Why the “IT Department” Will Soon Be Extinct

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Everywhere you look, IT departments are getting bigger, and their budgets are rising. That short-term reality is hiding a bigger, much more important trend: that the traditional “IT department” may soon disappear. Before you know it, they’re going to go extinct.

If that seems like an odd prediction from an IT services provider, know that we don’t take this prediction lightly. It’s simply the only conclusion you can come to when you see what’s coming on the horizon.

IT departments going extinct

Why IT Is Already in Grave Danger

IT departments aren’t going to be wiped out by an asteroid or an illness – they’re going to disappear because cloud-based tools and apps are making them irrelevant. The functionality and accessibility of tools like Salesforce and FreshBooks are taking away their utility.

Using any of these, and using them well, is as simple as signing up, logging in, and getting to work. They’re mobile-accessible, updated in real time, and feature their own security. Because open APIs are so prevalent, they can share data with other apps and play well together from an integration and stability point of view.

With these kinds of options available, not to mention effective, why would anyone waste time on more complex solutions that require help from an IT department?

The Growth of Apps Is Employee-Driven

The growth of cloud-based apps and services is almost social, in that it begins with the individuals in an organization and not the entity itself. Employees are discovering and using these apps in their own lives and bringing them to work. They don’t have to be told how beneficial they are because they already know.

In many ways, this runs directly contrary to the way traditional IT departments tend to work and be perceived. For people who don’t work in technology, dealing with the IT department is often about waiting for someone you don’t know to give you something you don’t really want or need.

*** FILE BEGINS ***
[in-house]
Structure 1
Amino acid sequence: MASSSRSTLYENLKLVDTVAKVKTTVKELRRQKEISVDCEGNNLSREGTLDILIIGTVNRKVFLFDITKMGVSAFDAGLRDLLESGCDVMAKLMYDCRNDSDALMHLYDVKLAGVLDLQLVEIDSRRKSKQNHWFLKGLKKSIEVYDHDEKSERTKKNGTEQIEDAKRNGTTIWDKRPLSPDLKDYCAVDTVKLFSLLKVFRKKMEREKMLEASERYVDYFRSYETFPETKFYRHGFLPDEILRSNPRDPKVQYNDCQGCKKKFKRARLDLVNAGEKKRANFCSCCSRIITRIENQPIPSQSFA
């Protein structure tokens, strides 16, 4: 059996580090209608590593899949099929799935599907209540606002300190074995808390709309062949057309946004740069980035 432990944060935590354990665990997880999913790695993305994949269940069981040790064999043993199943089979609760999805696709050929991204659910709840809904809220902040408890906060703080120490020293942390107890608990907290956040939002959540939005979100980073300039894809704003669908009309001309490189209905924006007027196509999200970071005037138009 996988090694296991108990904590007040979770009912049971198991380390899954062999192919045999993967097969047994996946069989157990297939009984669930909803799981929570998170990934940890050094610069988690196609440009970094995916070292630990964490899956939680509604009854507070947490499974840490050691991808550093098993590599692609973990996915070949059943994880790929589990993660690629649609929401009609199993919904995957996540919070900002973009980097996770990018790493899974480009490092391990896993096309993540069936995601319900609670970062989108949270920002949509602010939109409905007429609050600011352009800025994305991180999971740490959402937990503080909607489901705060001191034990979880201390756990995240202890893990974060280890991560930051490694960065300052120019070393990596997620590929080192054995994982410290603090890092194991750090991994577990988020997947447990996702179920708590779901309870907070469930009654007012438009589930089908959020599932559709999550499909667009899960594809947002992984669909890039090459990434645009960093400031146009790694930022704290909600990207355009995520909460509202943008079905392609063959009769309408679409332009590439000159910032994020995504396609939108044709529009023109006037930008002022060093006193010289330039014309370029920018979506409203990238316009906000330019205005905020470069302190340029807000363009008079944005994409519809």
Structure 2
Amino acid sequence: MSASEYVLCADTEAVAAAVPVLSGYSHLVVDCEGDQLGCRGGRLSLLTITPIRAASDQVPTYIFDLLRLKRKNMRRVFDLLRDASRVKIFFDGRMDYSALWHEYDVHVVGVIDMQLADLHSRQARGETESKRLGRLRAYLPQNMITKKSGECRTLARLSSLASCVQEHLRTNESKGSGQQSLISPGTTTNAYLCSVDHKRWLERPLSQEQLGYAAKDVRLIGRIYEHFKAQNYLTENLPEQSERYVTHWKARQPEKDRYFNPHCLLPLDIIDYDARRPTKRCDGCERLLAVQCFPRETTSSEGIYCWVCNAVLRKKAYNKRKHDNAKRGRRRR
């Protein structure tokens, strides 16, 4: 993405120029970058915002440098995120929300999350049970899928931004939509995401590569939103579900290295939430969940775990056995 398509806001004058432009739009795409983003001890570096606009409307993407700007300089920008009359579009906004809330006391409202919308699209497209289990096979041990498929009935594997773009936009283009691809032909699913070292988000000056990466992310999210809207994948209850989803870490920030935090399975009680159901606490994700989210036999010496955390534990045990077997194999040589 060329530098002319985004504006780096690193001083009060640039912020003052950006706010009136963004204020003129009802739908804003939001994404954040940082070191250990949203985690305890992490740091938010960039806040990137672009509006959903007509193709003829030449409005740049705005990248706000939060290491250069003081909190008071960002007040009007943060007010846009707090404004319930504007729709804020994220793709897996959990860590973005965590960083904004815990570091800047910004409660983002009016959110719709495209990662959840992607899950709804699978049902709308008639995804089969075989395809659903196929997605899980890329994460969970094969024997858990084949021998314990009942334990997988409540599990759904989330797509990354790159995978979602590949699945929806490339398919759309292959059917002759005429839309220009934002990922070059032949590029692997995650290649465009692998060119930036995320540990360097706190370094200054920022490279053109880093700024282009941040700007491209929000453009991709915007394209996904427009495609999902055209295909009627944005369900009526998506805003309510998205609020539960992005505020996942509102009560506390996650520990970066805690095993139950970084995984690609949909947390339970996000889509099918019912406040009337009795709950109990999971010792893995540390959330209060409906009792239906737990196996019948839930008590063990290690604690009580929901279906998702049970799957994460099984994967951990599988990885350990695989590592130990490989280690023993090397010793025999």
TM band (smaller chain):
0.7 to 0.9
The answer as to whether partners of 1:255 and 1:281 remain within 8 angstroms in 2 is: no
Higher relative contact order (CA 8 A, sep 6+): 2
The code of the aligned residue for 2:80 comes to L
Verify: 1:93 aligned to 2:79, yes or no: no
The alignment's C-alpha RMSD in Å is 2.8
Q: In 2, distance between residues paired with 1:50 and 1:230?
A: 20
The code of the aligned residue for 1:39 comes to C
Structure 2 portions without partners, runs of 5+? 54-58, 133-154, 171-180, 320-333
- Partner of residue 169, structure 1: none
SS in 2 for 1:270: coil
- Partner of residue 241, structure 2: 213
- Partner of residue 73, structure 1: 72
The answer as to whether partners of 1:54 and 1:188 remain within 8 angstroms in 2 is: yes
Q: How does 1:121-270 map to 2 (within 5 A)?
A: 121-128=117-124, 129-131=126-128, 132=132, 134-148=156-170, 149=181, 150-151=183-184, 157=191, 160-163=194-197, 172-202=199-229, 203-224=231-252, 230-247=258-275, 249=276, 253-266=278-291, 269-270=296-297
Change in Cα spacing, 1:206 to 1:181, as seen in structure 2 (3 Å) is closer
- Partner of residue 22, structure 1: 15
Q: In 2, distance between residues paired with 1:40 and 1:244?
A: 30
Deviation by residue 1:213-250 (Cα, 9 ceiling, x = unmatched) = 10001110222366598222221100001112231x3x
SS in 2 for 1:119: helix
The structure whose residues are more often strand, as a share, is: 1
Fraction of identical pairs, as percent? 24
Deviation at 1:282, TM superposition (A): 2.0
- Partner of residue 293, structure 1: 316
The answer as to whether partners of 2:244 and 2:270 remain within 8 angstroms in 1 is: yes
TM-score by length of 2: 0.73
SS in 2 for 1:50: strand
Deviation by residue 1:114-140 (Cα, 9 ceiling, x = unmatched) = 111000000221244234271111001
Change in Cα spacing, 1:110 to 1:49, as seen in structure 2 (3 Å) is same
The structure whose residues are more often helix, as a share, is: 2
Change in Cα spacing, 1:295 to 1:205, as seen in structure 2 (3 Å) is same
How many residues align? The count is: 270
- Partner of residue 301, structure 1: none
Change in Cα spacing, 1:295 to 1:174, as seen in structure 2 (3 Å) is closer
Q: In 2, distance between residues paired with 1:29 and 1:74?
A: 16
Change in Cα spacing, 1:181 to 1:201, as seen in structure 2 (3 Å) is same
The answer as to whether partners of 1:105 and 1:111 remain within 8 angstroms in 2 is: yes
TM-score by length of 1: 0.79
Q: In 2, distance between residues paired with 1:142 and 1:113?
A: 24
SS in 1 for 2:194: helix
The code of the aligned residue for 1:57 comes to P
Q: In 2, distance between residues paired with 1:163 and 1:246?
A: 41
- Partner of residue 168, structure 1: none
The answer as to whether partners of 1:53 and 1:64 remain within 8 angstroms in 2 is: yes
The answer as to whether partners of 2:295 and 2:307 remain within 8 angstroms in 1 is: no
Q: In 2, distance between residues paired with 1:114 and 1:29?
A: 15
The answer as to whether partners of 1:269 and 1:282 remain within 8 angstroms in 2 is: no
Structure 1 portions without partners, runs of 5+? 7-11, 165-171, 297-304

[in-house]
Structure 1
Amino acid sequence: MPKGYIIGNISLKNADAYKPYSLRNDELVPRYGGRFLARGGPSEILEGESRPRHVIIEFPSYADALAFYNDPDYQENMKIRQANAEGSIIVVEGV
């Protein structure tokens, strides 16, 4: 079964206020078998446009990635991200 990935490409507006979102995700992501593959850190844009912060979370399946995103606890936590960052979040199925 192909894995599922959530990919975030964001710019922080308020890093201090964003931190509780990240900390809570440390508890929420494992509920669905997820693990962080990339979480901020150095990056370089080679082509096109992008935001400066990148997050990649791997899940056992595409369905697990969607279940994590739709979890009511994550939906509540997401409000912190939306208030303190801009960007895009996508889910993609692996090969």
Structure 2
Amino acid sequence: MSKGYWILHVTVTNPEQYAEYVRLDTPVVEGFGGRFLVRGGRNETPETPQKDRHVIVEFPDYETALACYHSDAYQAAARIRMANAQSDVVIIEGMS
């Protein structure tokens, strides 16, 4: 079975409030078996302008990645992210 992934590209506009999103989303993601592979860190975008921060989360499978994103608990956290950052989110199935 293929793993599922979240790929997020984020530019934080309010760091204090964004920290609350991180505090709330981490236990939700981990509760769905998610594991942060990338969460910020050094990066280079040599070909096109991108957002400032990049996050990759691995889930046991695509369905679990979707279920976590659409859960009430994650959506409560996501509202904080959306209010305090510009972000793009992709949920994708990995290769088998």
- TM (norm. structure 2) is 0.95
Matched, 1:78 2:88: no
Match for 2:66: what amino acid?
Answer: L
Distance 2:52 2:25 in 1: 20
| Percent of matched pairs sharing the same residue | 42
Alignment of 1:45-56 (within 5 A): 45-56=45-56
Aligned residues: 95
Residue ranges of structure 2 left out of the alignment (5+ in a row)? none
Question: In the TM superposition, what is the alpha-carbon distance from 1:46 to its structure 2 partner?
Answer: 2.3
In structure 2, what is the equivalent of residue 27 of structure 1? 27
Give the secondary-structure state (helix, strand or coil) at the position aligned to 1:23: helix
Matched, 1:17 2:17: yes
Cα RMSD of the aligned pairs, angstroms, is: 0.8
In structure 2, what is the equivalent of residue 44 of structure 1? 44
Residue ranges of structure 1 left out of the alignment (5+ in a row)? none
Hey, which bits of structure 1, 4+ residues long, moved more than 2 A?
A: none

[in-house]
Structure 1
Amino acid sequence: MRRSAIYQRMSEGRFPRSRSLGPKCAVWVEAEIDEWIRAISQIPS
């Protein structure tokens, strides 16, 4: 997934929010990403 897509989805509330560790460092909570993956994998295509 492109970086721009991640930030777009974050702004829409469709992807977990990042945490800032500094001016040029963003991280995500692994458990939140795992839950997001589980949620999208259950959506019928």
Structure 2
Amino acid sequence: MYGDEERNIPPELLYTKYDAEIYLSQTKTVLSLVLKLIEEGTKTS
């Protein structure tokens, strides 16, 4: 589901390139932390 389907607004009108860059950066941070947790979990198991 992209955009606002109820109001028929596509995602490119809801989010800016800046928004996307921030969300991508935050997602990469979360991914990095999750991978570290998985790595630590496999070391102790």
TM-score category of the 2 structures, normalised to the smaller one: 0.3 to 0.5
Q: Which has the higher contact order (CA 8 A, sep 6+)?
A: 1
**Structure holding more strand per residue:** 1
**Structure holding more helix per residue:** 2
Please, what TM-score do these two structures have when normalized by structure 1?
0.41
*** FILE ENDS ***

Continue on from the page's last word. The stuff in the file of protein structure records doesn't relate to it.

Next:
Now that people are bringing their own devices to work, along with savvy new ideas about productivity, IT departments aren’t just adversarial – they’re in the way. Having your data hosted in the cloud largely removes the need to worry about local hardware, and even servers are being replaced by services like Dropbox.

There are going to be technology departments (and even entire organizations) that are going to fight the wave of change coming to IT, but technology, economics, and common sense are all working against them. Not only do web-based apps have extraordinarily low price points and barriers to entry, but they usually offer some form of a “try before you buy” feature.

The newest generation of apps don’t take a huge capital investment to get started, and their use or functionality can be scaled with business growth. In other words, you don’t have to worry about tying yourself into a long contract, or being held back in the future, just because you want to save a little bit of money today.

It’s also worth mentioning that the newest apps work really well. Most of them only handle a few core tasks, but that means they don’t suffer from an endless cycle of issues that a larger platform (like Windows, for example) so often will. The modular nature of many apps means users can decide which features they need, pay for them, and integrate them without having to learn an entirely new system… or get support from a large IT department tasked with handling dozens of small complaints.

The Evolution of IT and Technology Management

We are at a pivotal point when it comes to the understanding and utilization of software and technology. Today, having a strong IT team is a big advantage. The right professionals can keep an organization humming along, free from worries about online security or software compatibility.

As these issues are being worked out by app developers themselves, however, the advantage you can find in having the right tool is rapidly diminishing. Instead, the real value will soon be in the data you have and your understanding of it. That’s going to call for a different kind of IT professional, and one who will probably carry a different title and a host of new responsibilities.

To say that traditional IT departments are going extinct isn’t a bold prediction; like it or not, the changes that will lead to their demise are already taking place all around us, particularly in smaller businesses and organizations. The only question is how quickly bigger companies are going to adapt and evolve.

In the (very near) future, technology is going to be about data and accessibility. Will you keep your IT department on life support, or embrace the future of cloud-based apps and the world of opportunity for real-time integration they bring with them?

What do you think? Let us know on Twitter (@TWTGroupInc). Or, if you're at the #InterzoneIO, we'd love to discuss it with you in person! You can tweet at us or call/text me (Shawn) at 403-918-7735.

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Topics: Security, Interzone